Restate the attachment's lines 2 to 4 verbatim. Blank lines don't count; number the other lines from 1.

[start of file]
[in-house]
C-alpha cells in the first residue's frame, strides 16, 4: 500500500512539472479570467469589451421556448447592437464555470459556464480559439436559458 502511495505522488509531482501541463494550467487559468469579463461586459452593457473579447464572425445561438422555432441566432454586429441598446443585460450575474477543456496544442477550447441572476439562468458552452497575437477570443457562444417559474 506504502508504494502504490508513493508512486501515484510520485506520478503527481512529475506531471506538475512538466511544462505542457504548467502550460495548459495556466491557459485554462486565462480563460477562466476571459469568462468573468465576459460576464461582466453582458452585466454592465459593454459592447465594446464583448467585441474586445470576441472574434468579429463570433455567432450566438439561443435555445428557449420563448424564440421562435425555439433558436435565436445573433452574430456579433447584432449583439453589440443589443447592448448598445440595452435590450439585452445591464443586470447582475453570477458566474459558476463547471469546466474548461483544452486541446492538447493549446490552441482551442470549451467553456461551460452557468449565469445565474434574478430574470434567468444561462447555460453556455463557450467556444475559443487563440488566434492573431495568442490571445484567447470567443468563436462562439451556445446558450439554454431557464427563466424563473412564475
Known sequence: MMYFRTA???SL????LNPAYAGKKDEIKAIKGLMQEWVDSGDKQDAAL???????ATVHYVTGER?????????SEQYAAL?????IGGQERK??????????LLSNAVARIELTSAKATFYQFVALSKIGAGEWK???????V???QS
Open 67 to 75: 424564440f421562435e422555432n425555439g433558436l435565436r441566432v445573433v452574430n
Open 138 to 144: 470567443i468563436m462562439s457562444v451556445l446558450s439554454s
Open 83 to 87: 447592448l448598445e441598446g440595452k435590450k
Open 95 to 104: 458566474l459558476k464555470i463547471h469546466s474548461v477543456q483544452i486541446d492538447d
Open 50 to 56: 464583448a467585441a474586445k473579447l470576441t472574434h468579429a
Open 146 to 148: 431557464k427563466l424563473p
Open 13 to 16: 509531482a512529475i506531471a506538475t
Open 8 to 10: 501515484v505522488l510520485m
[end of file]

C-alpha cells in the first residue's frame, strides 16, 4: 500500500512539472479570467469589451421556448447592437464555470459556464480559439436559458 502511495505522488509531482501541463494550467487559468469579463461586459452593457473579447464572425445561438422555432441566432454586429441598446443585460450575474477543456496544442477550447441572476439562468458552452497575437477570443457562444417559474 506504502508504494502504490508513493508512486501515484510520485506520478503527481512529475506531471506538475512538466511544462505542457504548467502550460495548459495556466491557459485554462486565462480563460477562466476571459469568462468573468465576459460576464461582466453582458452585466454592465459593454459592447465594446464583448467585441474586445470576441472574434468579429463570433455567432450566438439561443435555445428557449420563448424564440421562435425555439433558436435565436445573433452574430456579433447584432449583439453589440443589443447592448448598445440595452435590450439585452445591464443586470447582475453570477458566474459558476463547471469546466474548461483544452486541446492538447493549446490552441482551442470549451467553456461551460452557468449565469445565474434574478430574470434567468444561462447555460453556455463557450467556444475559443487563440488566434492573431495568442490571445484567447470567443468563436462562439451556445446558450439554454431557464427563466424563473412564475
Known sequence: MMYFRTA???SL????LNPAYAGKKDEIKAIKGLMQEWVDSGDKQDAAL???????ATVHYVTGER?????????SEQYAAL?????IGGQERK??????????LLSNAVARIELTSAKATFYQFVALSKIGAGEWK???????V???QS
Open 67 to 75: 424564440f421562435e422555432n425555439g433558436l435565436r441566432v445573433v452574430n